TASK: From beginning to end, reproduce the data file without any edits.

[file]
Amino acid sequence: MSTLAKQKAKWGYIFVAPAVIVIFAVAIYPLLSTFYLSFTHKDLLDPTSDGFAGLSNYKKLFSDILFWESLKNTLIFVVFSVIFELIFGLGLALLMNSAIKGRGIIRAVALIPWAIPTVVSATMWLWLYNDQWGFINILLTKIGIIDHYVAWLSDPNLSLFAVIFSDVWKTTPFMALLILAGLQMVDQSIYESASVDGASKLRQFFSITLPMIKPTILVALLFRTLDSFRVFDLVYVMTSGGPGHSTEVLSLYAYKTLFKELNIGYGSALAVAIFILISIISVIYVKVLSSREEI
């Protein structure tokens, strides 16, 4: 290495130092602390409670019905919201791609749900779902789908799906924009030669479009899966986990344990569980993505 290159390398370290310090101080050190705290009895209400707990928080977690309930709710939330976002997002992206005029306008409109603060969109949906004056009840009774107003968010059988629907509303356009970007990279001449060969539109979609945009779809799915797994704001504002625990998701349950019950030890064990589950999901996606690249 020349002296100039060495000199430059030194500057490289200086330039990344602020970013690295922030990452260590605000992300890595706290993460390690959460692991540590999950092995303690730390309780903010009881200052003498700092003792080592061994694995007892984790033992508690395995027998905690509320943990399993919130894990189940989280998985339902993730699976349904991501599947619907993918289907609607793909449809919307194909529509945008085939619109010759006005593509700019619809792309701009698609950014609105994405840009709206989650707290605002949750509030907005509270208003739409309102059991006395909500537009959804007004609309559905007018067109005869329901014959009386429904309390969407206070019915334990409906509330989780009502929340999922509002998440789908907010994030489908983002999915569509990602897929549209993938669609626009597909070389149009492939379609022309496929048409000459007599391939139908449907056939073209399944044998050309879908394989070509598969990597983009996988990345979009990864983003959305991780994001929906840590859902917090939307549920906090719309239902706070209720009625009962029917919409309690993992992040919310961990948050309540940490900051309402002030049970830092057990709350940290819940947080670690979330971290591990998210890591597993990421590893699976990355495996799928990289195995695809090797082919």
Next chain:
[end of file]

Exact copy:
Amino acid sequence: MSTLAKQKAKWGYIFVAPAVIVIFAVAIYPLLSTFYLSFTHKDLLDPTSDGFAGLSNYKKLFSDILFWESLKNTLIFVVFSVIFELIFGLGLALLMNSAIKGRGIIRAVALIPWAIPTVVSATMWLWLYNDQWGFINILLTKIGIIDHYVAWLSDPNLSLFAVIFSDVWKTTPFMALLILAGLQMVDQSIYESASVDGASKLRQFFSITLPMIKPTILVALLFRTLDSFRVFDLVYVMTSGGPGHSTEVLSLYAYKTLFKELNIGYGSALAVAIFILISIISVIYVKVLSSREEI
């Protein structure tokens, strides 16, 4: 290495130092602390409670019905919201791609749900779902789908799906924009030669479009899966986990344990569980993505 290159390398370290310090101080050190705290009895209400707990928080977690309930709710939330976002997002992206005029306008409109603060969109949906004056009840009774107003968010059988629907509303356009970007990279001449060969539109979609945009779809799915797994704001504002625990998701349950019950030890064990589950999901996606690249 020349002296100039060495000199430059030194500057490289200086330039990344602020970013690295922030990452260590605000992300890595706290993460390690959460692991540590999950092995303690730390309780903010009881200052003498700092003792080592061994694995007892984790033992508690395995027998905690509320943990399993919130894990189940989280998985339902993730699976349904991501599947619907993918289907609607793909449809919307194909529509945008085939619109010759006005593509700019619809792309701009698609950014609105994405840009709206989650707290605002949750509030907005509270208003739409309102059991006395909500537009959804007004609309559905007018067109005869329901014959009386429904309390969407206070019915334990409906509330989780009502929340999922509002998440789908907010994030489908983002999915569509990602897929549209993938669609626009597909070389149009492939379609022309496929048409000459007599391939139908449907056939073209399944044998050309879908394989070509598969990597983009996988990345979009990864983003959305991780994001929906840590859902917090939307549920906090719309239902706070209720009625009962029917919409309690993992992040919310961990948050309540940490900051309402002030049970830092057990709350940290819940947080670690979330971290591990998210890591597993990421590893699976990355495996799928990289195995695809090797082919």
Next chain: